So I got a call from Spencer on Thursday night saying, "You need to watch The Colbert Report tonight. N.T. is his guest." I would love to have heard Tom's reaction to the invite to be Colbert. It must have been priceless.
Tonight at 11pm [PST], CNN will be exploring this question on Anderson Cooper 360. As a part of the segment, they'll be interviewing Richard Land, president of the Southern Baptist Ethics and Religious Liberty Commission, Jim Wallis of Sojourners, and Dwight Hopkins, a professor of divinity at the University of Chicago.
Could be a refreshing discussion. Here's a little taste of where they're heading...
[A Pre-Post Update - Our time away was really, really good. Usuall this time of year Palm Desert is like "Gehenna hot", but we lucked out. Mostly high 90's. It's amazing how good it feels to unplug and just chill as a family.]
Anyway, upon returning I found this. I was hoping it was a joke, but unfortunately it is not. [I especially like the added byline, "The prophetic speedometer of end times activity."] Apparently catastrophic world events are all given a number rating [I find it interesting that "wild weather" is given a 5... Hhhmm, what does that say about the wierd weather we've had in So Cal lately?]. Anyway, the higher the added total, the closer we are to the rapture. [Really, I'm not making this stuff up.] Think of it as a high tech rapture calculator, kind like the one they use to figure out your car insurance... both of which are oh so accurate.
Who comes up with this stuff?
It's things like this that remind me of the natural consequences of our "theology of escapism" [which seems to be all too pervasive today]. This kind of thinking sees the goal of the Christian life as to somehow "remain pure and unspotted by the world" [read "retreat into a artifically plastic Christian subculture"] readying ourselves for some future eschatological event. God is merely reduced to a creator who does not care about the entirety of his creation, just merely the rescuing of the chosen. His goal is not one of the restoration of all things, but the commander in charge of the escape plan. "Followers of Jesus" are therefore reduced to a passive recipients of rescue, gathering weekly to bemoan the condition of the world and await the future eschaton.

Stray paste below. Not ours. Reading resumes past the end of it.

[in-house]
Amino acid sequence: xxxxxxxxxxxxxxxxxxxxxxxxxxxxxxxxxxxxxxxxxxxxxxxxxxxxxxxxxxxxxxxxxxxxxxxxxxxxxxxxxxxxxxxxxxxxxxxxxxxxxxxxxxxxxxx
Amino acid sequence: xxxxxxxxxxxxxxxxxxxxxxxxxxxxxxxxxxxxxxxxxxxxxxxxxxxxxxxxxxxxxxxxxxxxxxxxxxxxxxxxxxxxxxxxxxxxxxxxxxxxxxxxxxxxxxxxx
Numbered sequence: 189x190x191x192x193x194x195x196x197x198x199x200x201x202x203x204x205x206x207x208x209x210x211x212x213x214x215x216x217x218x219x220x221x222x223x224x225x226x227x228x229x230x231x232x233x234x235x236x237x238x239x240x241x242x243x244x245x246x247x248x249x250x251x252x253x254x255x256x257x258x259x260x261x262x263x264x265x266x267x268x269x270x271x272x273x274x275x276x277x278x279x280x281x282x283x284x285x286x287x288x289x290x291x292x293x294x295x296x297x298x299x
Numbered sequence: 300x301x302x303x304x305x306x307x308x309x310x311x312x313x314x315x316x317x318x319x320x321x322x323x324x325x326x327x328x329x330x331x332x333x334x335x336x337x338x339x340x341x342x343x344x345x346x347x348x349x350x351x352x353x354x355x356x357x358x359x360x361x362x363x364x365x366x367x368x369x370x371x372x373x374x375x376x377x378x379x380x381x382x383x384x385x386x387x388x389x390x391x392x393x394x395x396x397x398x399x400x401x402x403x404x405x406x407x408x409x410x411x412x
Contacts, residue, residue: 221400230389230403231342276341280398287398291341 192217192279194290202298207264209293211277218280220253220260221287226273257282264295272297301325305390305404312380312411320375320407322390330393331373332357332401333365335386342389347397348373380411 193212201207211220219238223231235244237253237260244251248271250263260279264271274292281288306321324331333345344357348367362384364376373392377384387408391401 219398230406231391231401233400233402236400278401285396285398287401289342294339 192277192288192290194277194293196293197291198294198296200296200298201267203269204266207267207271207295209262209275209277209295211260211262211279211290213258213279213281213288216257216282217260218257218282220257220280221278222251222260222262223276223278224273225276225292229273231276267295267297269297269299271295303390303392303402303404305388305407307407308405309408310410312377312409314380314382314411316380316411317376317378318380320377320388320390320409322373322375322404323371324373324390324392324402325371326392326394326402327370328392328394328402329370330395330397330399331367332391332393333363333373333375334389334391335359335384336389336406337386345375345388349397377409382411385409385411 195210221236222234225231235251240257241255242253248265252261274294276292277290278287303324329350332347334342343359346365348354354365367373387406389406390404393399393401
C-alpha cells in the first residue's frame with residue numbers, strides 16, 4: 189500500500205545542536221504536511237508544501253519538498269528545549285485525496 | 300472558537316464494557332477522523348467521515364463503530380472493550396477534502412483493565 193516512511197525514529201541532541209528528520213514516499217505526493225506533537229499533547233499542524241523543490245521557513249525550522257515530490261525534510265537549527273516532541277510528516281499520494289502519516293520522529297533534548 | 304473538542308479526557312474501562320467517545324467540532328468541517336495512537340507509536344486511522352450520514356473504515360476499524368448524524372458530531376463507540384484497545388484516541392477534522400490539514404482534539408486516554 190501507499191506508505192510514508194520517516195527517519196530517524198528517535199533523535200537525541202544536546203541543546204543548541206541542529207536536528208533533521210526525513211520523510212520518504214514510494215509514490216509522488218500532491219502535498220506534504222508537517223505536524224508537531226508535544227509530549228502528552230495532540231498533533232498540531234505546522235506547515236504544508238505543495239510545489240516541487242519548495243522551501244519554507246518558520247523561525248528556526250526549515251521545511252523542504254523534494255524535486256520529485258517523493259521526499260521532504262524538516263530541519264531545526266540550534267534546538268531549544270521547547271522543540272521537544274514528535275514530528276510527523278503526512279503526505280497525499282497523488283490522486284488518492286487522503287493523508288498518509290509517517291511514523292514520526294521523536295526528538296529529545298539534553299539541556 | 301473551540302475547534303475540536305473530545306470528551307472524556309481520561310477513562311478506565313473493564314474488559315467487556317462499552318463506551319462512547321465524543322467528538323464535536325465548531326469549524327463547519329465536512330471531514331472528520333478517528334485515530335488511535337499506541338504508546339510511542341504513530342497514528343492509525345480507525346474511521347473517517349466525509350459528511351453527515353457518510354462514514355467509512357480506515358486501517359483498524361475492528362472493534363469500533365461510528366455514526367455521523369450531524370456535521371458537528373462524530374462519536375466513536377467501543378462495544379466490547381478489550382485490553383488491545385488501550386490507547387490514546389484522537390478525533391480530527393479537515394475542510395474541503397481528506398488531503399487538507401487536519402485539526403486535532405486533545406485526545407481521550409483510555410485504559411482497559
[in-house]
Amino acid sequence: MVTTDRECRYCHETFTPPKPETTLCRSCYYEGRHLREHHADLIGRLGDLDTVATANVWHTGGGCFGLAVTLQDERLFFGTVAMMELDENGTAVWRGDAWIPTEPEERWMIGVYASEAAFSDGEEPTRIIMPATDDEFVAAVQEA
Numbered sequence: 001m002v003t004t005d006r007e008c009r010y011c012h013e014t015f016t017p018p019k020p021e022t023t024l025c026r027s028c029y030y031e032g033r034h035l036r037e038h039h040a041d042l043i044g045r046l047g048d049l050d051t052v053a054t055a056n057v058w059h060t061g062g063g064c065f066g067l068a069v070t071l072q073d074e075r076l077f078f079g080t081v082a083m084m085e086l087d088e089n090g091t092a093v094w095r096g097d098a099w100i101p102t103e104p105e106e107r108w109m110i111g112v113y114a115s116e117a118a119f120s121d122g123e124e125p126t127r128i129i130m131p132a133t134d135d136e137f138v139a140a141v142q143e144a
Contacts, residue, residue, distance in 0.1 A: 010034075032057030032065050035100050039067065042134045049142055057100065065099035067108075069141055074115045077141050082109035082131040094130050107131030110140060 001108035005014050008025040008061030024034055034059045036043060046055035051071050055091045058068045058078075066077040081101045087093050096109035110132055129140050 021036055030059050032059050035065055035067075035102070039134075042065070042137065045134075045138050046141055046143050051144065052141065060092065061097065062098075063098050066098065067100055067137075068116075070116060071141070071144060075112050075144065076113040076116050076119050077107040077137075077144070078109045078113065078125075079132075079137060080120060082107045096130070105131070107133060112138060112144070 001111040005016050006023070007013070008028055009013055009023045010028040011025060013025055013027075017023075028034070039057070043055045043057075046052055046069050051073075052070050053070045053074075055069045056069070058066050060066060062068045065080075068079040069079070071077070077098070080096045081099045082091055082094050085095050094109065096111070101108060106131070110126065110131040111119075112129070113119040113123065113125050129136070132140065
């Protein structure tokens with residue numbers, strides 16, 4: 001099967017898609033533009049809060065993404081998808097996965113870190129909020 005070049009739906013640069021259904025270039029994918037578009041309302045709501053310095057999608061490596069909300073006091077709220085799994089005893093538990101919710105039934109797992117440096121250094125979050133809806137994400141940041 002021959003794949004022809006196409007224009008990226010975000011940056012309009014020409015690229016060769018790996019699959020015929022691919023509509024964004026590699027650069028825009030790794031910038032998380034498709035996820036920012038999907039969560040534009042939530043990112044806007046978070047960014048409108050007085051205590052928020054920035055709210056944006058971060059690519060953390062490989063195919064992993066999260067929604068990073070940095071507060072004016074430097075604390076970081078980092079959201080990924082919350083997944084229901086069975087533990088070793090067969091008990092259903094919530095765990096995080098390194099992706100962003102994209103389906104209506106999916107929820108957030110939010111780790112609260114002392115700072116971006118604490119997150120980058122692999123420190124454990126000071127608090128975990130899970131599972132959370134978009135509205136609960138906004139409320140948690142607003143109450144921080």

Could anything be further from the truth?
All this does is breed a lack of concern and hope for this world.
[A Post-Post Comment - Nothing can be more poignantly profound that to see the Rapture Index fall into the hands of Jon Stewart... oh, yeah! You can see the video here or here. Enjoy.]
After feeling like the only person on planet earth that has never seen 24, my wife surpirsed me with the DVD of the first four episodes of the first season. Yes, you read that right... the first season. [I guess I needed to start somewhere, and the first season sounding like the logical place to start.]
Last night we settled in together on the futon in our room to begin our adventure. The show is pretty good, I think it might make it through the first season. [Ah, yeah...] Anyway, after the first two episodes my wife needed to pry the remote from my hands and send me to bed...
I bet you can guess where I'll be after our community group tonight...
I have to admit it, I'm kind of a CNN junkie. Over the past few weeks of so, there's been this CNN exploration of a "fundamentalist Mormon" sect in Colorado City, Utah that practices polygamy. Their leader, Warren Jeffs, is wanted by the authorities and has now gone into hiding.
Okay, so that's not the observation. But it led to one.
The use of the term "fundamentalist" is fascinating. What is it that we are trying to communicate by using this word? More importantly, why is it that when the term "fundamentalist" is applied in some places [like "Islamic fundamentalist"], it is equated as being a person who is over the top in an almost fanatical extremism, completely out of touch with who things really are.
And then when the term is applied to Christianity, all of us sudden it becomes something "good"?
How is it that one form of fundamentalism is labeled as extremism, while the other is embraced?